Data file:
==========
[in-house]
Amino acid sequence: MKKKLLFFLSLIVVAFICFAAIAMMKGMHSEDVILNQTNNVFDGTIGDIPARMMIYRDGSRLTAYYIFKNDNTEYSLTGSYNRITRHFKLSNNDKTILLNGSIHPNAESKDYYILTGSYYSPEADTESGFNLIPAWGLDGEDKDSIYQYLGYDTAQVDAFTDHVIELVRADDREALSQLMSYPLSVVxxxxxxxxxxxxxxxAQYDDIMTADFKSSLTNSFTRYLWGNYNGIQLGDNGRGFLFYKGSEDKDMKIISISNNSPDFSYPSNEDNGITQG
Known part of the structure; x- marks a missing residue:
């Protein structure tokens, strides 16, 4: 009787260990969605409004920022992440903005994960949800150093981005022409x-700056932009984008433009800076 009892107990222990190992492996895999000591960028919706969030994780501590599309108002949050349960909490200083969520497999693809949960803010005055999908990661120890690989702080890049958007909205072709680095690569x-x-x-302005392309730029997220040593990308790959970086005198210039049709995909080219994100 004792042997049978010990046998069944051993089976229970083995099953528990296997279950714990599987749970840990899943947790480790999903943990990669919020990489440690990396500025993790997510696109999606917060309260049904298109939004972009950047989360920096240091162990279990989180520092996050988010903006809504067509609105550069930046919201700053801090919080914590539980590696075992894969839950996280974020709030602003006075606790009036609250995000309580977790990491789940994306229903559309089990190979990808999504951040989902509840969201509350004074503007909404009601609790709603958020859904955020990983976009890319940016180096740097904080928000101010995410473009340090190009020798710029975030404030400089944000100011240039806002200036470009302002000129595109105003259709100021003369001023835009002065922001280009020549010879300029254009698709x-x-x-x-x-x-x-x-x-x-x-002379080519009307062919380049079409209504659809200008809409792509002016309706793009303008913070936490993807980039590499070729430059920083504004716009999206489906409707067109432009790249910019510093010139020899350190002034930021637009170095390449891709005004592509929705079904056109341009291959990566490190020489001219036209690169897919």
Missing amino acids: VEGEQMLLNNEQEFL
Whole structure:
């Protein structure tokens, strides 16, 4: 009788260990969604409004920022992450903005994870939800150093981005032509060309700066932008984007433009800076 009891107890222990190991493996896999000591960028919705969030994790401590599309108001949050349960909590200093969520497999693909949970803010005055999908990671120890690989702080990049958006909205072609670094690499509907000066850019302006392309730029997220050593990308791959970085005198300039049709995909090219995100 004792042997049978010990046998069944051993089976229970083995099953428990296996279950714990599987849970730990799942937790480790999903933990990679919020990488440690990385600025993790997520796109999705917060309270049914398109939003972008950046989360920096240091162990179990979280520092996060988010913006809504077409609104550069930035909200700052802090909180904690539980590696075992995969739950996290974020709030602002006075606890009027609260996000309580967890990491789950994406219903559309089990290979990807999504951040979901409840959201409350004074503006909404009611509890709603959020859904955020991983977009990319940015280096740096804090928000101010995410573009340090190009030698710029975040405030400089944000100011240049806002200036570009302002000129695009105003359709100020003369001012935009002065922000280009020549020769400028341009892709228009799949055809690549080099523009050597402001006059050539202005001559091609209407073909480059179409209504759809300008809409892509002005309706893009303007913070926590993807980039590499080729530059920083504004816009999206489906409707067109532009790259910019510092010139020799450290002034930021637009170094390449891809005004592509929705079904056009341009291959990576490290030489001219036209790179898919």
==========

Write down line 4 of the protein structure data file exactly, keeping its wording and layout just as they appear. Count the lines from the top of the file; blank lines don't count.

């Protein structure tokens, strides 16, 4: 009787260990969605409004920022992440903005994960949800150093981005022409x-700056932009984008433009800076 009892107990222990190992492996895999000591960028919706969030994780501590599309108002949050349960909490200083969520497999693809949960803010005055999908990661120890690989702080890049958007909205072709680095690569x-x-x-302005392309730029997220040593990308790959970086005198210039049709995909080219994100 004792042997049978010990046998069944051993089976229970083995099953528990296997279950714990599987749970840990899943947790480790999903943990990669919020990489440690990396500025993790997510696109999606917060309260049904298109939004972009950047989360920096240091162990279990989180520092996050988010903006809504067509609105550069930046919201700053801090919080914590539980590696075992894969839950996280974020709030602003006075606790009036609250995000309580977790990491789940994306229903559309089990190979990808999504951040989902509840969201509350004074503007909404009601609790709603958020859904955020990983976009890319940016180096740097904080928000101010995410473009340090190009020798710029975030404030400089944000100011240039806002200036470009302002000129595109105003259709100021003369001023835009002065922001280009020549010879300029254009698709x-x-x-x-x-x-x-x-x-x-x-002379080519009307062919380049079409209504659809200008809409792509002016309706793009303008913070936490993807980039590499070729430059920083504004716009999206489906409707067109432009790249910019510093010139020899350190002034930021637009170095390449891709005004592509929705079904056109341009291959990566490190020489001219036209690169897919």